“I’ve been going home late the last several weeks,” Kaur said. “I’m trying to limit contact, not share anything with them just in case.”

Getting the vaccine gave her a sense of relief, she said.

Freshman Karsten Noziere felt the same way. Being in elevators with people who were coughing and sneezing the last few weeks has made him worry he might have been exposed. “Hearing about all the cases, I figured I might as well get the booster,” Noziere said.

As of Tuesday, the Philadelphia health department reported 18 confirmed cases of mumps and 88 probable cases. Most are at Temple, but a handful are in surrounding counties. West Chester University and Drexel University have also reported one case each. Those cases have all been linked to Temple, Alles said.

Although city health officials said they’ve most likely identified “Patient Zero” — the person who started the outbreak — they have not provided any details about the person’s vaccination status.

None of those infected have been hospitalized.

Students said rumors were circulating around campus about who had been infected or exposed, but for the most part, there was little panic about the situation.

Sophomore Mackenzi Hockensmith said she received an email from student health services informing her that she’d been exposed to the virus and should get the booster shot.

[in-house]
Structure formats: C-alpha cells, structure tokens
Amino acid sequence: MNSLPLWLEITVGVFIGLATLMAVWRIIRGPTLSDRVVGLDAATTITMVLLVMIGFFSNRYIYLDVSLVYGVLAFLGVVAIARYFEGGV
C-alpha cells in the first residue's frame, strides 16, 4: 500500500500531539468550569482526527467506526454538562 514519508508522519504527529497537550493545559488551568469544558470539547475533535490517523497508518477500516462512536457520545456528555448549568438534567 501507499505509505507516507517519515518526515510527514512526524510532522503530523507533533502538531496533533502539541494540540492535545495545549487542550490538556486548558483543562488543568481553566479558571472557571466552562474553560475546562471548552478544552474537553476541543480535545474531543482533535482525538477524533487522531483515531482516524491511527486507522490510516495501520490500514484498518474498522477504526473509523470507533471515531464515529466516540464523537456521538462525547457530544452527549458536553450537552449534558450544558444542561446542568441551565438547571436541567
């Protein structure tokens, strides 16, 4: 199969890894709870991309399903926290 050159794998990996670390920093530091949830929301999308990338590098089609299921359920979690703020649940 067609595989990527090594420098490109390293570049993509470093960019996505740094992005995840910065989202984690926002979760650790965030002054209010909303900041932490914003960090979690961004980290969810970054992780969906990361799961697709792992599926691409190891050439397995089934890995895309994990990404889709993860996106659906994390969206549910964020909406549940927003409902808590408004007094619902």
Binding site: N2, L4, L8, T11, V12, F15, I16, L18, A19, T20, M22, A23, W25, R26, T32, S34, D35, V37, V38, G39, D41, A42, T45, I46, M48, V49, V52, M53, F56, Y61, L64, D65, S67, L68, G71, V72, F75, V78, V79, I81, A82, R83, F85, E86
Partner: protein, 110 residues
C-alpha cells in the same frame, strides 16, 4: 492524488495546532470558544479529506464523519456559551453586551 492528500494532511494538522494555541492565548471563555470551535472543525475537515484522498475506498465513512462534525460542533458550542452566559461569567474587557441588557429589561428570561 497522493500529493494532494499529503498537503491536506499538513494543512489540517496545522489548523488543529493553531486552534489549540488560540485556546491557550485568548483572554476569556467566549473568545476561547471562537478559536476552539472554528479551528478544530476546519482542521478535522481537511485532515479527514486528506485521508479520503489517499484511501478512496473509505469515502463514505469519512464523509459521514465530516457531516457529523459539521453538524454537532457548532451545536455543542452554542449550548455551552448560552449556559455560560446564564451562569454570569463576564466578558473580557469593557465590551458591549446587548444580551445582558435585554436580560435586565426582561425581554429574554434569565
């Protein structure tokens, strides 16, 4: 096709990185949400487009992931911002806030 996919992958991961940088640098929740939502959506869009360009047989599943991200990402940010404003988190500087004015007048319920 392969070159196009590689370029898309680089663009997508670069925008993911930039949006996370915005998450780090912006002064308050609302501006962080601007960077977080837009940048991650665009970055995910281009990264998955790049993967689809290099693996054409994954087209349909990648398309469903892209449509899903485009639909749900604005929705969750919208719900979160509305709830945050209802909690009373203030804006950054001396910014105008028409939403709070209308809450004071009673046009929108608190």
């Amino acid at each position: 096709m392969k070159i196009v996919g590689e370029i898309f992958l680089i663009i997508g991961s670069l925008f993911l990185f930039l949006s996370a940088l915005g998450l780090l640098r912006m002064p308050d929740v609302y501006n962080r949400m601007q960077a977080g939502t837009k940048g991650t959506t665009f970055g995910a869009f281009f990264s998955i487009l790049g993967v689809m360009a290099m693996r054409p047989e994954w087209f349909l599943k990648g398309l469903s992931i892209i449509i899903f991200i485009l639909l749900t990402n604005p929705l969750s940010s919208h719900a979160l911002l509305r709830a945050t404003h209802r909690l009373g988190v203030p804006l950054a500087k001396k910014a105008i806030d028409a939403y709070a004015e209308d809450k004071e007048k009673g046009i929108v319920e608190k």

“They’ve mostly done a good job of making us calm,” she said of the university’s response.

But she wished updated case numbers were sent out more frequently so she didn’t find herself having to Google information about the outbreak.

Freshman Alex Lucke said she’d decided not to visit a fraternity after learning from campus officials that mumps can easily be spread at parties through shared drinks and snacks.

Although mumps cases in the United States have declined by 99 percent since the vaccine was introduced in 1967, there’s been a resurgence in recent years driven by college students.

In 2016, outbreaks at universities in Iowa and Illinois affected several hundred students. In 2017, Pennsylvania State University had an outbreak of more than 40 cases.

Researchers at Harvard University have suggested requiring mumps booster shots might help protect students as they enter college.

As of now, the CDC recommends a third dose only during an outbreak such as the one at Temple.

Since the outbreak, Temple announced a new policy that will require all incoming freshmen to be up to date on the MMR vaccination series, as well as the chicken pox, tetanus, diphtheria, and pertussis (whooping cough) vaccines. Previously, the university did not require immunizations for admitted or enrolled students.

“That will make a large difference,” said Laura Siminoff, dean of Temple’s College of Public Health.

Many universities already require vaccinations, and there’s nothing preventing others from enacting such rules, she said. “It’s probably an oversight when a university doesn’t.”